All categories are scored on a 1-5 scale; with 5 being the highest score a prospect can receive. The highest aggregate average scores a player can receive is 25. Articles will be posted January-April, all the way up to the draft. Ratings will be adjusted after the combine, based on measurables and after the draft, because as we all know: landing spot matters.

N’Keal Harry (6’2”, 228lbs) Wide Receiver, Arizona State

18 Aggregate Score (4-Star Prospect)

We have been pumping out article after article about the wide receivers in this draft class. It is a deep class that has a lot of people divided on who the best of the bunch is. N’Keal Harry is absolutely under consideration. A 4-star recruit out of Chandler High School in Arizona, Harry chose to remain home despite recruiting efforts from numerous big name schools. He committed to Arizona State in November of 2015.

In 3 years at Arizona State, Harry accumulated 2,889 yards on 213 catches. He scored 22 touchdowns and had an average YPC of 13.6. Along with the production, Harry made numerous highlight reel catches that put him on the radar of many NFL scouts. It’s not hard to see why the NFL is enamored with the Sun Devil WR.

Speed/Acceleration: Aggregate Score: 3.3 (Personal Score: 3)

Before I begin to break down my thoughts on Harry, I feel the need to explain my scores. This is the first year of The 48 Report and since it’s in its infancy, the scoring isn’t necessarily refined just yet. While it is a great system for starters, I felt as if my scores may have not reflected how I truly feel about Harry because I LOVE N’Keal Harry’s game. I’ll say that Harry isn’t a burner but has solid speed. A 4.57 40 yard dash at the combine proves as much. His game speed is good and he will not be docked for this at all.

Route Running: Aggregate Score: 3.3 (Personal Score: 3)

Harry is a precise route runner. He sets up defenders to make them look foolish. He also ran quite a few screens at Arizona State, which showed their propensity to get the ball into his hands. While he could always use some polish coming out of college, Harry seems to be pretty refined in this area of his game.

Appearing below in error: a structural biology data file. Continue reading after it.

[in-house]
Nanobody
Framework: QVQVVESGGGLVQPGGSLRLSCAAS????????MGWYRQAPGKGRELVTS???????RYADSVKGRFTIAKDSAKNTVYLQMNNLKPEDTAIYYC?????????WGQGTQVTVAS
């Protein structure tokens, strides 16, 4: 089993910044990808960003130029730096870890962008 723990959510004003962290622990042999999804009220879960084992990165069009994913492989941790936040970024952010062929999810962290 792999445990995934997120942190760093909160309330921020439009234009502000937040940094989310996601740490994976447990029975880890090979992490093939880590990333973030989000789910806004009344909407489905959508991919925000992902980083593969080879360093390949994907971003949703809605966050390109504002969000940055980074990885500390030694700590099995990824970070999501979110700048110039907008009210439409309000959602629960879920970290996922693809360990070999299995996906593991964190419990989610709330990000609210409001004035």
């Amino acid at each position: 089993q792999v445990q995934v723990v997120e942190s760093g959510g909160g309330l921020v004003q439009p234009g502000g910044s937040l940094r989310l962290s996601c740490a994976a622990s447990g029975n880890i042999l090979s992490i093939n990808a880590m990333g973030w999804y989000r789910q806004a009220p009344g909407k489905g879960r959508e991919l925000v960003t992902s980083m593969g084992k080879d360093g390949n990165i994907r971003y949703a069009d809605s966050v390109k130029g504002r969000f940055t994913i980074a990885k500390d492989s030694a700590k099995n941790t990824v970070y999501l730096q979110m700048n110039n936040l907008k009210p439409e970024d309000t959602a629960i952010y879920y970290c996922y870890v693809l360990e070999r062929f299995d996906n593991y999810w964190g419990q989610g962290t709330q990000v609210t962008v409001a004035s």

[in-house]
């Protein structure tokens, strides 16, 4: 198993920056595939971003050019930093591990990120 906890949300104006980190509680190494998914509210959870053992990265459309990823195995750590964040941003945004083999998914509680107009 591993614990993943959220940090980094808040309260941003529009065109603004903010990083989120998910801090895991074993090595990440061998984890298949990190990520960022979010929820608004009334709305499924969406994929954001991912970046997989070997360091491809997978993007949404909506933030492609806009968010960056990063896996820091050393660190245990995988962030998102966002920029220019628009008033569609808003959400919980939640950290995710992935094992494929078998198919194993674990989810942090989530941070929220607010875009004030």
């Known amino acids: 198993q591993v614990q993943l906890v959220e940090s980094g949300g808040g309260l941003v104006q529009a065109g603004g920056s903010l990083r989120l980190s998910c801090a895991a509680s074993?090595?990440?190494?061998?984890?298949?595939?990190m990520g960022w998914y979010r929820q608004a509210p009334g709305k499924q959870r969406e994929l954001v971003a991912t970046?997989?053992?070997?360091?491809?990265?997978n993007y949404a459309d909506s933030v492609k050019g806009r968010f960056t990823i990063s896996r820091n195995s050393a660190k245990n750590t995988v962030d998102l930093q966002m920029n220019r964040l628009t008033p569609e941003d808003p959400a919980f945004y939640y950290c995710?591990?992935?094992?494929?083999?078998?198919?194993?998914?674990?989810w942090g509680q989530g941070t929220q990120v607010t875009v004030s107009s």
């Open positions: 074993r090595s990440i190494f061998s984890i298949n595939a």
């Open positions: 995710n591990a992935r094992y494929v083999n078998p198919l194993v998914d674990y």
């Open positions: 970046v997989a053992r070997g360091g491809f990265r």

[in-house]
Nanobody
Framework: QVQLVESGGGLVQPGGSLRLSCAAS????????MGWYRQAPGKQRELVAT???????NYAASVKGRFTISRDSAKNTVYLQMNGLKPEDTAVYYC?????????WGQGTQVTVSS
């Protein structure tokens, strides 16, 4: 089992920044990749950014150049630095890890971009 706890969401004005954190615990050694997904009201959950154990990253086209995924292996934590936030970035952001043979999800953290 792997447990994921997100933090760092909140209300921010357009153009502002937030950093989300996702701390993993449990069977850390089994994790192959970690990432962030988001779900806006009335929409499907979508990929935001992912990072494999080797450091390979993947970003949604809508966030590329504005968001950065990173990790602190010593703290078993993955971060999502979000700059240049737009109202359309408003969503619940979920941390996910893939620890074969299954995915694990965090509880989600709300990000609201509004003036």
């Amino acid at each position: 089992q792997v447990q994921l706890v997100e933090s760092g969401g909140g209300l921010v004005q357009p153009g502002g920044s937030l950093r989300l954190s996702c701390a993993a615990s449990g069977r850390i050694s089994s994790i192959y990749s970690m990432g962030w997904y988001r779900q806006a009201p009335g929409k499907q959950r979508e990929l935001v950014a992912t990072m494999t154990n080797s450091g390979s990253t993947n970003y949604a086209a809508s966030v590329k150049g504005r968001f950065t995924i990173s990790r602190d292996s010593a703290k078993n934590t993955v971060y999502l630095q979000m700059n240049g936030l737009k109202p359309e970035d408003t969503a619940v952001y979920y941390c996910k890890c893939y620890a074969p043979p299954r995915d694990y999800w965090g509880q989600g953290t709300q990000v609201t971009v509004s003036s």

Blocking: Aggregate Score: 3 (Personal Score: 1)

I understand that I am a bit tougher in terms of scoring when it comes to blocking but Harry disappointed in this area. For a bigger guy who has a lot of strength (27 reps on the bench press at the combine), he isn’t as physical/aggressive as I would like him to be. He also was late at times getting to his blocks. He just did not impress me when it came to blocking for his teammates.

Handwork/Positioning: Aggregate Score: 3 (Personal Score: 3)

Harry has very solid hands and can swat defenders away with ease. He should have no problem beating press coverage in the NFL. The only thing I wish Arizona State did more of was throwing some jump balls his way. He is incredible when making contested catches and if he lands with a QB who trusts his receivers with 50/50 balls then Harry will be a problem in the NFL.

Athleticism: Aggregate Score: 4.3 (Personal Score: 4)

Harry is an athletic freak and his combine/pro day proved that. Hell his career at Arizona State proved as much. His vertical is impressive, his hands are top notch and he can get up to speed pretty well for his size. He is a physical specimen who deserves all the love he is getting heading into the draft.

Conclusion: Top 5 Fantasy Football pick

If you have the 1.01, you’re going to be considering N’Keal Harry. There is a lot of buzz around him right now and if I had to guess, he’s likely to go somewhere in the late first round. Our guys have been projecting him to the Colts with the 26th overall pick. If he lands in an ideal spot then Harry will be under serious consideration for the 1.01 in rookie drafts.